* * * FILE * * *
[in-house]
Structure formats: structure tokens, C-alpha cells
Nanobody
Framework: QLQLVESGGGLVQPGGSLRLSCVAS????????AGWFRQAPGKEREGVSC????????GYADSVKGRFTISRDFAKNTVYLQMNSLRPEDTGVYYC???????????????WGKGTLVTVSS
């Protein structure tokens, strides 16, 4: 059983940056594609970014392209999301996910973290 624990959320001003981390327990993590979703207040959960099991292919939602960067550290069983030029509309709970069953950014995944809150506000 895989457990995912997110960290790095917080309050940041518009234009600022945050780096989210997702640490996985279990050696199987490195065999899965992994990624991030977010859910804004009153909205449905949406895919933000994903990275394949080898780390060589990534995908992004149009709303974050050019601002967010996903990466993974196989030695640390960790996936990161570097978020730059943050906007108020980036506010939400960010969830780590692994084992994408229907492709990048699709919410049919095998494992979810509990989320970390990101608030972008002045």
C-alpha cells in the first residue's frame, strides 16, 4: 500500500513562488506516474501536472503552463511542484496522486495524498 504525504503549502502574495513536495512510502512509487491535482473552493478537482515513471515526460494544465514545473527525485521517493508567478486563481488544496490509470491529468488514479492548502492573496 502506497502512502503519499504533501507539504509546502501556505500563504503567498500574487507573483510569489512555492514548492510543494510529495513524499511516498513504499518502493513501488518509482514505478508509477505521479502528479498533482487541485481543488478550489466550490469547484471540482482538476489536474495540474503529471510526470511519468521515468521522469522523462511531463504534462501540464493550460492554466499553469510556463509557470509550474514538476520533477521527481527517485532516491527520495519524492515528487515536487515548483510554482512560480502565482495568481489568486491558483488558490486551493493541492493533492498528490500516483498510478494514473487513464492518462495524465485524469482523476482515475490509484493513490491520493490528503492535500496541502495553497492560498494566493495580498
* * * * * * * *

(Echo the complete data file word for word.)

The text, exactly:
[in-house]
Structure formats: structure tokens, C-alpha cells
Nanobody
Framework: QLQLVESGGGLVQPGGSLRLSCVAS????????AGWFRQAPGKEREGVSC????????GYADSVKGRFTISRDFAKNTVYLQMNSLRPEDTGVYYC???????????????WGKGTLVTVSS
């Protein structure tokens, strides 16, 4: 059983940056594609970014392209999301996910973290 624990959320001003981390327990993590979703207040959960099991292919939602960067550290069983030029509309709970069953950014995944809150506000 895989457990995912997110960290790095917080309050940041518009234009600022945050780096989210997702640490996985279990050696199987490195065999899965992994990624991030977010859910804004009153909205449905949406895919933000994903990275394949080898780390060589990534995908992004149009709303974050050019601002967010996903990466993974196989030695640390960790996936990161570097978020730059943050906007108020980036506010939400960010969830780590692994084992994408229907492709990048699709919410049919095998494992979810509990989320970390990101608030972008002045």
C-alpha cells in the first residue's frame, strides 16, 4: 500500500513562488506516474501536472503552463511542484496522486495524498 504525504503549502502574495513536495512510502512509487491535482473552493478537482515513471515526460494544465514545473527525485521517493508567478486563481488544496490509470491529468488514479492548502492573496 502506497502512502503519499504533501507539504509546502501556505500563504503567498500574487507573483510569489512555492514548492510543494510529495513524499511516498513504499518502493513501488518509482514505478508509477505521479502528479498533482487541485481543488478550489466550490469547484471540482482538476489536474495540474503529471510526470511519468521515468521522469522523462511531463504534462501540464493550460492554466499553469510556463509557470509550474514538476520533477521527481527517485532516491527520495519524492515528487515536487515548483510554482512560480502565482495568481489568486491558483488558490486551493493541492493533492498528490500516483498510478494514473487513464492518462495524465485524469482523476482515475490509484493513490491520493490528503492535500496541502495553497492560498494566493495580498